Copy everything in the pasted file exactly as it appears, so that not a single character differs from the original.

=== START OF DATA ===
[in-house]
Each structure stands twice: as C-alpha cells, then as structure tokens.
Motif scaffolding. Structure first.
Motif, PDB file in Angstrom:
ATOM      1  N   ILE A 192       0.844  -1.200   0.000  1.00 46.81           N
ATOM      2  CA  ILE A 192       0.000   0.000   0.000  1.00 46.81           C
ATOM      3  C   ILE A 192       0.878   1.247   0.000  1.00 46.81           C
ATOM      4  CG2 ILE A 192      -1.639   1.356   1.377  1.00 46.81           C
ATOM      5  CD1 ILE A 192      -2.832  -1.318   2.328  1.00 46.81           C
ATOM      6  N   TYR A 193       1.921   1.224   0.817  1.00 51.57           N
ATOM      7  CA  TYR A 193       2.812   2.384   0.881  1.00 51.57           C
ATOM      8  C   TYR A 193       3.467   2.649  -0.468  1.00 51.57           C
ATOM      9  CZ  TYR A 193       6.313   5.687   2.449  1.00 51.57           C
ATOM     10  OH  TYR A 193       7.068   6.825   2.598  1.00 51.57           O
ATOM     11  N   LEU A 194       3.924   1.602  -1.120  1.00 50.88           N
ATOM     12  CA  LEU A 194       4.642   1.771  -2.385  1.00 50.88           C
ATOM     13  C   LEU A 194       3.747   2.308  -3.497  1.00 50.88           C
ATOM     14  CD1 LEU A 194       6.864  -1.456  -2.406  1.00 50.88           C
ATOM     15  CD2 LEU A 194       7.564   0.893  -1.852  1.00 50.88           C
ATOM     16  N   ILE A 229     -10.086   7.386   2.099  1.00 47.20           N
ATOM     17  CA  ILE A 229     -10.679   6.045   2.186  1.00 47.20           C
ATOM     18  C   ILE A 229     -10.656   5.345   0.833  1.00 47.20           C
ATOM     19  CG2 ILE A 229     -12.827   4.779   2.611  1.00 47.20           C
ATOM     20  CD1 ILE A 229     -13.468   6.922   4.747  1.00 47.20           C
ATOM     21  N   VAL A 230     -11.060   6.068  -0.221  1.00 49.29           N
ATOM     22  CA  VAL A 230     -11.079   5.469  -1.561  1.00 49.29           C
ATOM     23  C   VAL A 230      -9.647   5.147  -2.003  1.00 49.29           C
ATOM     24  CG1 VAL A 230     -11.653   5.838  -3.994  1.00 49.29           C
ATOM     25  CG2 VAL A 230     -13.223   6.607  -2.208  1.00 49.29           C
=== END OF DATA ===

[in-house]
Each structure stands twice: as C-alpha cells, then as structure tokens.
Motif scaffolding. Structure first.
Motif, PDB file in Angstrom:
ATOM      1  N   ILE A 192       0.844  -1.200   0.000  1.00 46.81           N
ATOM      2  CA  ILE A 192       0.000   0.000   0.000  1.00 46.81           C
ATOM      3  C   ILE A 192       0.878   1.247   0.000  1.00 46.81           C
ATOM      4  CG2 ILE A 192      -1.639   1.356   1.377  1.00 46.81           C
ATOM      5  CD1 ILE A 192      -2.832  -1.318   2.328  1.00 46.81           C
ATOM      6  N   TYR A 193       1.921   1.224   0.817  1.00 51.57           N
ATOM      7  CA  TYR A 193       2.812   2.384   0.881  1.00 51.57           C
ATOM      8  C   TYR A 193       3.467   2.649  -0.468  1.00 51.57           C
ATOM      9  CZ  TYR A 193       6.313   5.687   2.449  1.00 51.57           C
ATOM     10  OH  TYR A 193       7.068   6.825   2.598  1.00 51.57           O
ATOM     11  N   LEU A 194       3.924   1.602  -1.120  1.00 50.88           N
ATOM     12  CA  LEU A 194       4.642   1.771  -2.385  1.00 50.88           C
ATOM     13  C   LEU A 194       3.747   2.308  -3.497  1.00 50.88           C
ATOM     14  CD1 LEU A 194       6.864  -1.456  -2.406  1.00 50.88           C
ATOM     15  CD2 LEU A 194       7.564   0.893  -1.852  1.00 50.88           C
ATOM     16  N   ILE A 229     -10.086   7.386   2.099  1.00 47.20           N
ATOM     17  CA  ILE A 229     -10.679   6.045   2.186  1.00 47.20           C
ATOM     18  C   ILE A 229     -10.656   5.345   0.833  1.00 47.20           C
ATOM     19  CG2 ILE A 229     -12.827   4.779   2.611  1.00 47.20           C
ATOM     20  CD1 ILE A 229     -13.468   6.922   4.747  1.00 47.20           C
ATOM     21  N   VAL A 230     -11.060   6.068  -0.221  1.00 49.29           N
ATOM     22  CA  VAL A 230     -11.079   5.469  -1.561  1.00 49.29           C
ATOM     23  C   VAL A 230      -9.647   5.147  -2.003  1.00 49.29           C
ATOM     24  CG1 VAL A 230     -11.653   5.838  -3.994  1.00 49.29           C
ATOM     25  CG2 VAL A 230     -13.223   6.607  -2.208  1.00 49.29           C